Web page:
Pharmacists and drug manufacturers are pushing the CMS for a one-year transition period before states attempt to implement a new formula mandated under the Patient Protection and Affordable Care Act that will significantly trim Medicaid
reimbursement rates for generic drugs.
Last August, HHS' Office of the Inspector General compared existing state Medicaid programs' generic prescription reimbursement limits with the new limits mandated by the ACA and found that on average, the new federal reimbursement limits are 22% below the current state amounts and could save Medicaid up to $1.2 billion per year.
In November, CMS notified states that they would be expected to implement the updates to the formula by July 2014. A coalition of industry stakeholders sent a letter April 9 to HHS Secretary Kathleen Sebelius
, asking that there be a one-year transition period, which would push the implementation to sometime in 2015.
They argued that states are not ready to make such a quick transition, especially since adopting the new formula would in some cases require legislative or regulatory changes. They also wanted to give states more time to come up with new dispensing fees, which is what a pharmacy charges for providing professional services such as patient counseling, monitoring drug therapy, providing drug information to physicians, and dispensing the drug to customers. On average, these fee are now $3 to $5 per prescription. They provide a profit margin for pharmacists who contend reimbursement rates may only allow them to break even on Medicaid generics.
“Beneficiary access could be an issue if implemented as is, as many providers could refuse to dispense medications where the reimbursement falls below their cost,” said Sharon Greeson, a consultant with Compliance Implementation Services, a North Carolina-based firm that helps clients with regulatory and standards compliance.
Debate in Washington about how to determine Medicaid generic reimbursements goes back at least a decade. Indeed, in 2004 a House subcommittee held hearings entitled “Medicaid Prescription Drug Reimbursement: Why the Government Pays Too Much.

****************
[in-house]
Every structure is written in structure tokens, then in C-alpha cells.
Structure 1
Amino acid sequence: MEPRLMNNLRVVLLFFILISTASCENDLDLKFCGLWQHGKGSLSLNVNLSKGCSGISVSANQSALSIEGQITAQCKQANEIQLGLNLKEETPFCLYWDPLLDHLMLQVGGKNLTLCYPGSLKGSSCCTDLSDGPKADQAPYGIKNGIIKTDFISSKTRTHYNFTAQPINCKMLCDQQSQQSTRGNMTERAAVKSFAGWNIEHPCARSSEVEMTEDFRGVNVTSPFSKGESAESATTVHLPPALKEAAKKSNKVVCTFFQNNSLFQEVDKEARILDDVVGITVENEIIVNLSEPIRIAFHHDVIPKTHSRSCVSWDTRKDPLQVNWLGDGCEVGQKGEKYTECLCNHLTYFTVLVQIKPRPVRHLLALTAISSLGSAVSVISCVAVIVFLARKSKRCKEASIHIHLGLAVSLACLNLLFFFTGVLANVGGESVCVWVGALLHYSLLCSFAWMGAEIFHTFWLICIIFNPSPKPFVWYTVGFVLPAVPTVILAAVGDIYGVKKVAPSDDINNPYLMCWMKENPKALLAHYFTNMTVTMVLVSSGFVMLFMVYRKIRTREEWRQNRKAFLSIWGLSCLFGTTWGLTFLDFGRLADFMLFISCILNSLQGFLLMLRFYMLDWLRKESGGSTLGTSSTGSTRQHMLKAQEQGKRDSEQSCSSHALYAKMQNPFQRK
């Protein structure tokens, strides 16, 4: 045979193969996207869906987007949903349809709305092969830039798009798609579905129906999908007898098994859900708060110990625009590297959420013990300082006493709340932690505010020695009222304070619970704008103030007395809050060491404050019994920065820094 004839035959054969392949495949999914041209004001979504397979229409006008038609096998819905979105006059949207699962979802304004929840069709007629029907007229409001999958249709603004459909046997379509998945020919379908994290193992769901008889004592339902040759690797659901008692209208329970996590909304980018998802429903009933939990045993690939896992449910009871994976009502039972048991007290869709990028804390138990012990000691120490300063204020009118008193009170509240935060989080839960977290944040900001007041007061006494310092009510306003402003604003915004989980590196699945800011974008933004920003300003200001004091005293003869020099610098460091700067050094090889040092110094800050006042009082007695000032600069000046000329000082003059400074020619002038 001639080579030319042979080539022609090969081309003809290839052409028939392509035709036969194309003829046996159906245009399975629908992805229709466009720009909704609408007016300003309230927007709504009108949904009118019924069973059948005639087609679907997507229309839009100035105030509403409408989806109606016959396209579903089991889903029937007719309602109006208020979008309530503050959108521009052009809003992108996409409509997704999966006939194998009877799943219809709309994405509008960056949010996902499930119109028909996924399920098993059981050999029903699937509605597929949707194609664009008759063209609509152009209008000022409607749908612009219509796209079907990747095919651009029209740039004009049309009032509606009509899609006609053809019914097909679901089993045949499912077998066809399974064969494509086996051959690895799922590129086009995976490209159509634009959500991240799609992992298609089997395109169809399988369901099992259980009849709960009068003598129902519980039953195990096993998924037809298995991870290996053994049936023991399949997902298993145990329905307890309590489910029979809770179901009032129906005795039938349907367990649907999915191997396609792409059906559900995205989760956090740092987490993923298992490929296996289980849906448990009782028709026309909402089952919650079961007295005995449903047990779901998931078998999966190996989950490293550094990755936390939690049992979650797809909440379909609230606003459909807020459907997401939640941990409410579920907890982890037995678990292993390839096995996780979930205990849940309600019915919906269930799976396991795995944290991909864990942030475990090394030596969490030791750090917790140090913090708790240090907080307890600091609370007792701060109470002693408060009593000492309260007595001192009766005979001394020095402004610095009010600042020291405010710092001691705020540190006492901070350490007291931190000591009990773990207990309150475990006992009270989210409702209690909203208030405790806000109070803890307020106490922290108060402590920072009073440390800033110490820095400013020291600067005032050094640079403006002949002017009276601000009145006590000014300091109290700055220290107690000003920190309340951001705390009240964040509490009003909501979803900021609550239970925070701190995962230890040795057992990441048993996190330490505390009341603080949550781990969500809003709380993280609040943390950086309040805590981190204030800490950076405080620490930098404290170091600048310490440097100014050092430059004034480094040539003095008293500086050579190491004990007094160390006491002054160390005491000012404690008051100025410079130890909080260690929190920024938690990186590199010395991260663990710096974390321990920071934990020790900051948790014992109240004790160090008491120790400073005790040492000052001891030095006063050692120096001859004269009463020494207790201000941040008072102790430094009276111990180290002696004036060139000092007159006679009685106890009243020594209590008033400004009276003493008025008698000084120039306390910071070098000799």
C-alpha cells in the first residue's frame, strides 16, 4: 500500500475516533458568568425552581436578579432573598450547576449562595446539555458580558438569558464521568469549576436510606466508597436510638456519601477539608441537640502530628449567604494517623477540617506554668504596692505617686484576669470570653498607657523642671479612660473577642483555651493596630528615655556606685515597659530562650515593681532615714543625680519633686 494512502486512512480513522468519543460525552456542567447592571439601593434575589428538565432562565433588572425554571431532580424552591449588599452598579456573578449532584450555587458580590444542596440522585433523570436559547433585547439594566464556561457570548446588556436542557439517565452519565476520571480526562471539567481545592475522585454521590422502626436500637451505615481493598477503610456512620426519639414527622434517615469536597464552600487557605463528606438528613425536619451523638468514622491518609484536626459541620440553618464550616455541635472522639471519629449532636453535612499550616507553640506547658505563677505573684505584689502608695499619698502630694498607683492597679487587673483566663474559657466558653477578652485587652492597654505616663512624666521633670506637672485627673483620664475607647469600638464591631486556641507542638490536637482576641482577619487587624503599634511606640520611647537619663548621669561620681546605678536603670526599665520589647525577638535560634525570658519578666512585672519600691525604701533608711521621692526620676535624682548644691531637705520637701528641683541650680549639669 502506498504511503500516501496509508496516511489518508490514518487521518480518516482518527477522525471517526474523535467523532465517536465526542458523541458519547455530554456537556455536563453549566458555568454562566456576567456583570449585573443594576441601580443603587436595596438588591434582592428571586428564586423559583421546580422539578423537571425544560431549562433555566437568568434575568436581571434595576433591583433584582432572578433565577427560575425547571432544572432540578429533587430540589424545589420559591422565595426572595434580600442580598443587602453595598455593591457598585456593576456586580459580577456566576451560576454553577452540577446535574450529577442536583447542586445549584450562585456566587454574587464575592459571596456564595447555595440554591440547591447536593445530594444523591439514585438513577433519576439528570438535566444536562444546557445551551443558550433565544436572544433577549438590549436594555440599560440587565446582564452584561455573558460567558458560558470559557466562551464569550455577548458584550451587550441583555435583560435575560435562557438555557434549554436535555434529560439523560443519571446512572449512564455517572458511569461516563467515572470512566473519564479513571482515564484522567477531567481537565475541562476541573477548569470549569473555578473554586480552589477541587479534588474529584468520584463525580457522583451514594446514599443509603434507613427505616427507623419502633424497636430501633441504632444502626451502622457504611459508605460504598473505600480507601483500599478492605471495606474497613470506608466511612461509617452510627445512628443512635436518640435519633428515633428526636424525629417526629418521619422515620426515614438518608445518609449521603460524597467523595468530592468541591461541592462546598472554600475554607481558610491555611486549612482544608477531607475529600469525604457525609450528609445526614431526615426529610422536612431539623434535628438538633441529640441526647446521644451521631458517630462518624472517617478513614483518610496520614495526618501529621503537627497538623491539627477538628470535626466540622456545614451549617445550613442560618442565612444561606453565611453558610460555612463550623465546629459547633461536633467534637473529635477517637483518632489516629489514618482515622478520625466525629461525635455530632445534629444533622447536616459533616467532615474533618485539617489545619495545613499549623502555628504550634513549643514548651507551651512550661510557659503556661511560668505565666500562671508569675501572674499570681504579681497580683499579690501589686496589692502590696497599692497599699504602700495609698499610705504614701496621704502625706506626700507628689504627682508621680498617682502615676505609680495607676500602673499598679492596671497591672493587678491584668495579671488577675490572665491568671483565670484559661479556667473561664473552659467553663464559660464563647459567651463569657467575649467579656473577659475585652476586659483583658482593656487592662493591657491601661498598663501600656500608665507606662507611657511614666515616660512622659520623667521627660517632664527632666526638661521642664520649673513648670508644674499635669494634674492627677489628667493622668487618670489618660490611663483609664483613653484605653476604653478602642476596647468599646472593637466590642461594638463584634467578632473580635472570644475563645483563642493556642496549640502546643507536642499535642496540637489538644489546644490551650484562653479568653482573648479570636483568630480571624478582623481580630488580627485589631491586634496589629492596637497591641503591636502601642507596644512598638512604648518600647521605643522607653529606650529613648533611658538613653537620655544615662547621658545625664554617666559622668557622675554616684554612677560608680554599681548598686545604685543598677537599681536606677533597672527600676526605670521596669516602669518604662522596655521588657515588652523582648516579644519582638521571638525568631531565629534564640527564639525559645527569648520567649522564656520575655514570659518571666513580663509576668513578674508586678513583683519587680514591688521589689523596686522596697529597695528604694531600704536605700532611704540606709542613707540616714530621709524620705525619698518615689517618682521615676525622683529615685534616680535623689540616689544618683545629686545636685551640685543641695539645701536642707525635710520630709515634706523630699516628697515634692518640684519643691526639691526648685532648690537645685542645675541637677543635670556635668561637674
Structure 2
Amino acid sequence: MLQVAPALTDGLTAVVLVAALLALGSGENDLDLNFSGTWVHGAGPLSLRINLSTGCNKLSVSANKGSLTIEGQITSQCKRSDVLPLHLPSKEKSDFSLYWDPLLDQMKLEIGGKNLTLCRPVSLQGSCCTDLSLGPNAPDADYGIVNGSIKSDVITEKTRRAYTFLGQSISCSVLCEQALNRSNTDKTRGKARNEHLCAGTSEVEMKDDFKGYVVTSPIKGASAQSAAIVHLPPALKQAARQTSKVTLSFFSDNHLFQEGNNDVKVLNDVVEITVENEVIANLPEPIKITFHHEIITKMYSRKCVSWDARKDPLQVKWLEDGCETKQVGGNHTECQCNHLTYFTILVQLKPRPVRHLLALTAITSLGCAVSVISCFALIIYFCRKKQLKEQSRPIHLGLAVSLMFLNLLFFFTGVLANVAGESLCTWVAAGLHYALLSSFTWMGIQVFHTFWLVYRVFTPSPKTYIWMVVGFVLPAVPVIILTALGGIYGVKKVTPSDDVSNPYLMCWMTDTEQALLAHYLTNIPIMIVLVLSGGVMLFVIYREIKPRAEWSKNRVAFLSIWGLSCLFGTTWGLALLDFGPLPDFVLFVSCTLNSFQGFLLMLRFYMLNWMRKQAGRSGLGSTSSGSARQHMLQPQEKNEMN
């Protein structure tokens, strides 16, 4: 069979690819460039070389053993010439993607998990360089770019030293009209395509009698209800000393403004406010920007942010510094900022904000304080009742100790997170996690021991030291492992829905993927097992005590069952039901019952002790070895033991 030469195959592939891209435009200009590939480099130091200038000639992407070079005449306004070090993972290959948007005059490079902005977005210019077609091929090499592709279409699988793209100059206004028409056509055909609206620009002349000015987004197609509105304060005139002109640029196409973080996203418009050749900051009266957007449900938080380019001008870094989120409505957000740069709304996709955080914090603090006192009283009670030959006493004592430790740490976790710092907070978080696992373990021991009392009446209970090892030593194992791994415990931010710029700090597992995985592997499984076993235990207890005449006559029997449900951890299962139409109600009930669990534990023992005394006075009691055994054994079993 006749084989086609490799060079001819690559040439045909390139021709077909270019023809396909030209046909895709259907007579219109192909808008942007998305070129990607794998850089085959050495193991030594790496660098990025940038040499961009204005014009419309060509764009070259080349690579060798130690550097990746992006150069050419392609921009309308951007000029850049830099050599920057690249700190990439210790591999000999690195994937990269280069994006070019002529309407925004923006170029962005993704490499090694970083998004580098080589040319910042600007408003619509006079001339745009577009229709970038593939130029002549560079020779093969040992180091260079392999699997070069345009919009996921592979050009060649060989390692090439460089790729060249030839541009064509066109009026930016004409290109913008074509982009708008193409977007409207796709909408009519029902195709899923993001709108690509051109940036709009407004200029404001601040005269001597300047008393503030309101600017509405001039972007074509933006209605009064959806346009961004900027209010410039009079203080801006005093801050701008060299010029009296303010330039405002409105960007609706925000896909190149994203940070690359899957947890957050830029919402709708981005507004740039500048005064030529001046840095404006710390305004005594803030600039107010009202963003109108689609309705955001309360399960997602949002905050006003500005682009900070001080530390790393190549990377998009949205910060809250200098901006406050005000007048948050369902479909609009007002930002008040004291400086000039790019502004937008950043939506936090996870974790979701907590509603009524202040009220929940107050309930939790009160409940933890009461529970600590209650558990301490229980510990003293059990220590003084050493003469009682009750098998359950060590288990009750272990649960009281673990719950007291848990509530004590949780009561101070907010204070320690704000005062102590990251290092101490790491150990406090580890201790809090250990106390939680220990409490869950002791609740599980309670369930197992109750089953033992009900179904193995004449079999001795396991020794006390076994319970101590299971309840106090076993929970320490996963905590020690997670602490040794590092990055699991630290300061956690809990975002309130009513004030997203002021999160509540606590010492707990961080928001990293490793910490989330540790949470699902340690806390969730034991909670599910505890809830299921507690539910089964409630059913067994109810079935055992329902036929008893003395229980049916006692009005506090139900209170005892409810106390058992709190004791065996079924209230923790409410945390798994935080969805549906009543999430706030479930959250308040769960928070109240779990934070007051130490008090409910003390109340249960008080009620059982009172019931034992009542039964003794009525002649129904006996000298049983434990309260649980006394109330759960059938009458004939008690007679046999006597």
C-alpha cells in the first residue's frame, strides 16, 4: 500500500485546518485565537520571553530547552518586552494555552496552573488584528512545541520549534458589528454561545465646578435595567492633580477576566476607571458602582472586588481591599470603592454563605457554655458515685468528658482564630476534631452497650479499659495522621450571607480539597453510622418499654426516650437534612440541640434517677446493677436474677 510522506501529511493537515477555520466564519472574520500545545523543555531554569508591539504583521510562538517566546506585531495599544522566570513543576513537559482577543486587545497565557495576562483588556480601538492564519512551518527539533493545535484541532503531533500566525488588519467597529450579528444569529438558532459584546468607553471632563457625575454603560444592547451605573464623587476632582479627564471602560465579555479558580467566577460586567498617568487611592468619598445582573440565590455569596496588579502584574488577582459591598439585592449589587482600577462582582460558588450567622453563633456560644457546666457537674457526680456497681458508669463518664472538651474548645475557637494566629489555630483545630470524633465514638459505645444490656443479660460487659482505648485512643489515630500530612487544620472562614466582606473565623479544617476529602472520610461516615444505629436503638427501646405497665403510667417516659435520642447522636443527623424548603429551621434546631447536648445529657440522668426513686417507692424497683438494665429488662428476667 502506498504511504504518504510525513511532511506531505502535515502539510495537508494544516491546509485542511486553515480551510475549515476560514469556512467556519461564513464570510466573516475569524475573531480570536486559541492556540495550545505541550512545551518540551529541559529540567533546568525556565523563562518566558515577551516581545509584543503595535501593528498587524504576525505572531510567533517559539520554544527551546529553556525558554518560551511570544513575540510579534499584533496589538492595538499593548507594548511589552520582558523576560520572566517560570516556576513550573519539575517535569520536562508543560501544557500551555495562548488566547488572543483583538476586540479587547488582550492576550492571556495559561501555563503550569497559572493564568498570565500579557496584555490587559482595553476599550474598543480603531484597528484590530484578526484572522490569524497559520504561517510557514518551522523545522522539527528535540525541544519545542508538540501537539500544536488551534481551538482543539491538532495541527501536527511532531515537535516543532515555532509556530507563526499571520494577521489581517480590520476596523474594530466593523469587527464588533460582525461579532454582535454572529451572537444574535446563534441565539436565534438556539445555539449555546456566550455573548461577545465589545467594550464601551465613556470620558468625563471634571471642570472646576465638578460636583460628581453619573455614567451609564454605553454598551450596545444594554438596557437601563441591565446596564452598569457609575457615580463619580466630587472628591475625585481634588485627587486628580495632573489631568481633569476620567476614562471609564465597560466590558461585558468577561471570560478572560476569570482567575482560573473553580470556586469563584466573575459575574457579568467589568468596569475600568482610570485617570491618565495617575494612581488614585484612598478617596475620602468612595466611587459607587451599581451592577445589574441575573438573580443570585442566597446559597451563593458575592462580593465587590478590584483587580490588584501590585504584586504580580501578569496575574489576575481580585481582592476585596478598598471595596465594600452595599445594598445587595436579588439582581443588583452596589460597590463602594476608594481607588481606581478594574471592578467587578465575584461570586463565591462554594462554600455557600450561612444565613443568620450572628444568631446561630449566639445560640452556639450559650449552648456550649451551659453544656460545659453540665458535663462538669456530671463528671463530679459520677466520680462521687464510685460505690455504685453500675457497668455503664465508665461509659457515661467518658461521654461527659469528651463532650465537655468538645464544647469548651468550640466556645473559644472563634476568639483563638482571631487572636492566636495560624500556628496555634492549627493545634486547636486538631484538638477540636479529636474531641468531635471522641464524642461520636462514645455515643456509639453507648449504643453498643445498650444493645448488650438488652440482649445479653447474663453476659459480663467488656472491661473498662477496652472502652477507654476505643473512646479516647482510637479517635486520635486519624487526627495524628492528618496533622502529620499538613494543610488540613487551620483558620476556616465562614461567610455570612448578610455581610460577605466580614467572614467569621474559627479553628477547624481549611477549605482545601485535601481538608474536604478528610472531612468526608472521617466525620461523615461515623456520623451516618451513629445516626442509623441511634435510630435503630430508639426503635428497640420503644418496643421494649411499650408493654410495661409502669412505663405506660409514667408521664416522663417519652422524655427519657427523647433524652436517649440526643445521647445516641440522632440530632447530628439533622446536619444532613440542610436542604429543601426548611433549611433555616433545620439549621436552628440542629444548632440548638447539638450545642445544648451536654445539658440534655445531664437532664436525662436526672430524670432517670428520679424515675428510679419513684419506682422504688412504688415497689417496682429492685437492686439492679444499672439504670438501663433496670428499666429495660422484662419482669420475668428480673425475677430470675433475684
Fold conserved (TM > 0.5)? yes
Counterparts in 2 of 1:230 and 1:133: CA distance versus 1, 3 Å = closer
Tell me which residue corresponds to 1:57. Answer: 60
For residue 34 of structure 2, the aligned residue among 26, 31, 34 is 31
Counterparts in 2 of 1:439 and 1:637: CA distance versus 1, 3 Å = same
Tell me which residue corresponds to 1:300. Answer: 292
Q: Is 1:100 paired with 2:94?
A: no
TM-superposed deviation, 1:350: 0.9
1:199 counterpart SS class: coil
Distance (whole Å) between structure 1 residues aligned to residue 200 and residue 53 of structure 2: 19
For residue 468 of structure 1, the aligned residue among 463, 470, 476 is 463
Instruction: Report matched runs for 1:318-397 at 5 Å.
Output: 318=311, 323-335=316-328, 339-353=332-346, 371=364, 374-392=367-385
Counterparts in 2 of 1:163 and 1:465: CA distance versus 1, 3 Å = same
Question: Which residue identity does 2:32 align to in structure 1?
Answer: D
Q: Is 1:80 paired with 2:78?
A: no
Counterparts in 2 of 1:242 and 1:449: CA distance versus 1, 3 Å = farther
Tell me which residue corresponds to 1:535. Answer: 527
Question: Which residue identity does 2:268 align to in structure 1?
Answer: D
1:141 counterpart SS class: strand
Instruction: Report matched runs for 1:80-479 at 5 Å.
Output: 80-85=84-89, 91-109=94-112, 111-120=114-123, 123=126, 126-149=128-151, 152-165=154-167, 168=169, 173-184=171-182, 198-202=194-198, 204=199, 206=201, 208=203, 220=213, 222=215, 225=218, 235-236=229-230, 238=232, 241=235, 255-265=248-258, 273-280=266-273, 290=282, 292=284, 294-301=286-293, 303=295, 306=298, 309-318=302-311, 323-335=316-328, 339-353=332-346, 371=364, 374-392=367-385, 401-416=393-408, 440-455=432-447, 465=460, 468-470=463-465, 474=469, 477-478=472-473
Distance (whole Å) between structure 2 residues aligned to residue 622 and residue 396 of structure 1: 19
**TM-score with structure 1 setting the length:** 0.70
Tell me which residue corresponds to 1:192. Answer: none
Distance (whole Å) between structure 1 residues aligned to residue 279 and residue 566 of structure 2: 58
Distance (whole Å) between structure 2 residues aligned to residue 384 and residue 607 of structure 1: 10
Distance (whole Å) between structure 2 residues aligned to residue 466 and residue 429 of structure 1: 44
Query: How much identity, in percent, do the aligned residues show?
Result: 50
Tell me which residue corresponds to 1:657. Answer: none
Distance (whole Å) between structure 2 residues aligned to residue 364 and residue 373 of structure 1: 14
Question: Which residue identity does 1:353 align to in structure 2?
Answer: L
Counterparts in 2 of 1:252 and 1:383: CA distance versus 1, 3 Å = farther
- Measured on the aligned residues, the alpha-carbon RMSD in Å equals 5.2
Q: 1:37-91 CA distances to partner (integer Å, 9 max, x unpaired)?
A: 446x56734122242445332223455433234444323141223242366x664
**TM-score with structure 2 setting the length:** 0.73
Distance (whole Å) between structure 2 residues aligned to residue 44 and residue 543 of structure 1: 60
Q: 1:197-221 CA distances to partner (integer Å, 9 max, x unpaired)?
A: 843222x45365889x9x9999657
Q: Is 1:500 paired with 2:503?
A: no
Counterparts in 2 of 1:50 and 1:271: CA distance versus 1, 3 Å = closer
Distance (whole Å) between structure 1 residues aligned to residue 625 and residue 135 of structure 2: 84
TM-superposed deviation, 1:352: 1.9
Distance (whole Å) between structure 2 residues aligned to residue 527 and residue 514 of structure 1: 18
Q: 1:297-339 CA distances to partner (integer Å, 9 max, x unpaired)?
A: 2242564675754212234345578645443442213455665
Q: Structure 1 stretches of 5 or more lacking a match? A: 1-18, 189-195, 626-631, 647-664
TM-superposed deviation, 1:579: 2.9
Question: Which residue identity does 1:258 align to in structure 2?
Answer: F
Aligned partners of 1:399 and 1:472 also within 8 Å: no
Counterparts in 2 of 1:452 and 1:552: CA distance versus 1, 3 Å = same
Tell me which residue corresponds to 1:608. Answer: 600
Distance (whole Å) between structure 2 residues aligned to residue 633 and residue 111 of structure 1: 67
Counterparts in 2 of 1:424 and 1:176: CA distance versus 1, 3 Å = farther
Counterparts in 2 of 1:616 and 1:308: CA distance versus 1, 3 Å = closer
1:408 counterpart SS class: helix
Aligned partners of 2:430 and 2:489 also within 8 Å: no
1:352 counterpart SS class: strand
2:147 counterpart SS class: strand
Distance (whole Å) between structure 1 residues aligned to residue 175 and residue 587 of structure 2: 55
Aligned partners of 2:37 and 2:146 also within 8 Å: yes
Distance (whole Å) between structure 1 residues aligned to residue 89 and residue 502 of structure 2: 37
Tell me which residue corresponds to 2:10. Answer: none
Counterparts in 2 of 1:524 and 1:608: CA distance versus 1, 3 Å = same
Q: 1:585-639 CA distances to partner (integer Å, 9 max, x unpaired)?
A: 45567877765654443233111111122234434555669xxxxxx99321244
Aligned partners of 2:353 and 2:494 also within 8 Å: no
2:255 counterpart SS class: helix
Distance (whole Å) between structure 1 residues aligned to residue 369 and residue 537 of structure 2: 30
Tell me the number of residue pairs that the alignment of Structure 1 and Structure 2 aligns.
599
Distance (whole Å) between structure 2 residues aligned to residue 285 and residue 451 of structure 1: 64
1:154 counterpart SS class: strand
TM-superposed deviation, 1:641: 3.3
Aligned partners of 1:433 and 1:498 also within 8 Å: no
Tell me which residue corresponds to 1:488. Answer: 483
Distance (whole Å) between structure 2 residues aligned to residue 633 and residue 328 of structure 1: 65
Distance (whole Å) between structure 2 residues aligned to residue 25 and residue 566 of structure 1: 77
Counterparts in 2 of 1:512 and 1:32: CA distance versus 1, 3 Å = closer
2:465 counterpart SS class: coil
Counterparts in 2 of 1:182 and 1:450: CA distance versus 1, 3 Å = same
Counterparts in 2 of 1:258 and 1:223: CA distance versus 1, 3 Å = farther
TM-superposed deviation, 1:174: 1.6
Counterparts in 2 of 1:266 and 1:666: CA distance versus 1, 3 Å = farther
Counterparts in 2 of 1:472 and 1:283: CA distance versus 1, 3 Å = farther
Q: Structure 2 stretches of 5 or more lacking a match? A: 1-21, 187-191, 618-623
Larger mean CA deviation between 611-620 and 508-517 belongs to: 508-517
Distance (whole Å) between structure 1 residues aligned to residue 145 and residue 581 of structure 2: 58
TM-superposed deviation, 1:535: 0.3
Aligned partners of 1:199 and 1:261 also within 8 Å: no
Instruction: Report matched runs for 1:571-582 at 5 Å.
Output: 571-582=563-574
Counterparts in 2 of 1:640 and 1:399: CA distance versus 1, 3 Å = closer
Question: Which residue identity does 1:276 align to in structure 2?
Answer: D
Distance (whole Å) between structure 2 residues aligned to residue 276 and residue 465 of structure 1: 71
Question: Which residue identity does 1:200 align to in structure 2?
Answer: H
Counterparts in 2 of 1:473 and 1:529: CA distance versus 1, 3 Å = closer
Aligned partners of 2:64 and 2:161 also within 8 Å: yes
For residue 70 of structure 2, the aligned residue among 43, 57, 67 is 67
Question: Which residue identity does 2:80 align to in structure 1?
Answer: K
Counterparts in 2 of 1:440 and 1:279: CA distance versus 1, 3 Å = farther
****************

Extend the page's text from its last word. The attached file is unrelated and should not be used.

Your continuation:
“The government pays far too much for many prescription drugs under Medicaid, primarily because most states continue to use a system that is called average wholesale price, or AWP, as the basis for their reimbursement,” Rep. Joe Barton (R-Texas), who was chairing the hearing, said at the time.
The ACA altered the formula for generic drug reimbursement for Medicaid beneficiaries to be based on a drug's average manufacturer price, or AMP, versus AWP. The concept of an AMP for generics dates back to a 1990s federal statute dealing with the rebates manufacturers would pay states for drugs dispensed under Medicaid.
Between 2006 and 2010, Medicaid spending on generic drugs increased about 80%, from $2.5 billion to $4.5 billion, according to the Kaiser Family Foundation. In 2010, generic drug spending represented roughly 18% of total Medicaid drug spending, with 69% of all Medicaid prescriptions being generic.
The CMS had previously attempted to make this change in the Deficit Reduction Act of 2005, but its plan then would have led to reimbursement cuts as high as 60%.
Industry stakeholders, including the National Association of Chain Drug Stores and the National Community Pharmacists Association, were able to get an injunction stopping the change in 2007. In 2010, the ACA reintroduced the concept of basing payment on AMP but it outlined a new formula. The CMS then rescinded its former contested rule and in 2012 introduced a new proposal incorporating the health reform law's language.
The recent letter was signed by the American Pharmacists Association, Food Marketing Institute, Generic Pharmaceutical Association, Healthcare Distribution Management Association, National Alliance of State Pharmacy Associations, National Association of Chain Drug Stores and the National Community Pharmacists Association.
An additional 245,000 people were added to Florida's Medicaid roster between October 2013 and the end of February, an increase of more than 8% from the same period a year earlier.
The jump occurred even though state officials have thus far declined to expand Medicaid under the Patient Protection and Affordable Care Act to residents with incomes of up to 138% of the federal poverty level.
The new enrollees are those who were previously eligible for Medicaid, but didn't know about the program and its eligibility requirements; publicity surrounding the Affordable Care Act brought them into the program. Florida is one of 10 states that accounted for more than 80% of the 3 million new Medicaid enrollees under the ACA, according to an analysis from healthcare consultant Avalere Health. It is the only state on the list that didn't expand Medicaid.
New Hampshire is on the hunt for a public relations firm to help promote its newly expanded Medicaid program.
The state expanded the program late last month to 50,000 residents. Unlike other expansion states, New Hampshire is using federal Medicaid expansion funds to buy low-income residents private coverage through the insurance exchange.
The state has released a request for proposals from PR firms to launch a comprehensive outreach and communications plan emphasizing the program's benefits to low-income residents, as well as to providers, employers, insurers, advocacy groups and local governments.
Proposals are due April 18; the state plans to award the contract by April 23. Enrollment in the program begins May 1.Follow Virgil Dickson on Twitter: @MHvdickson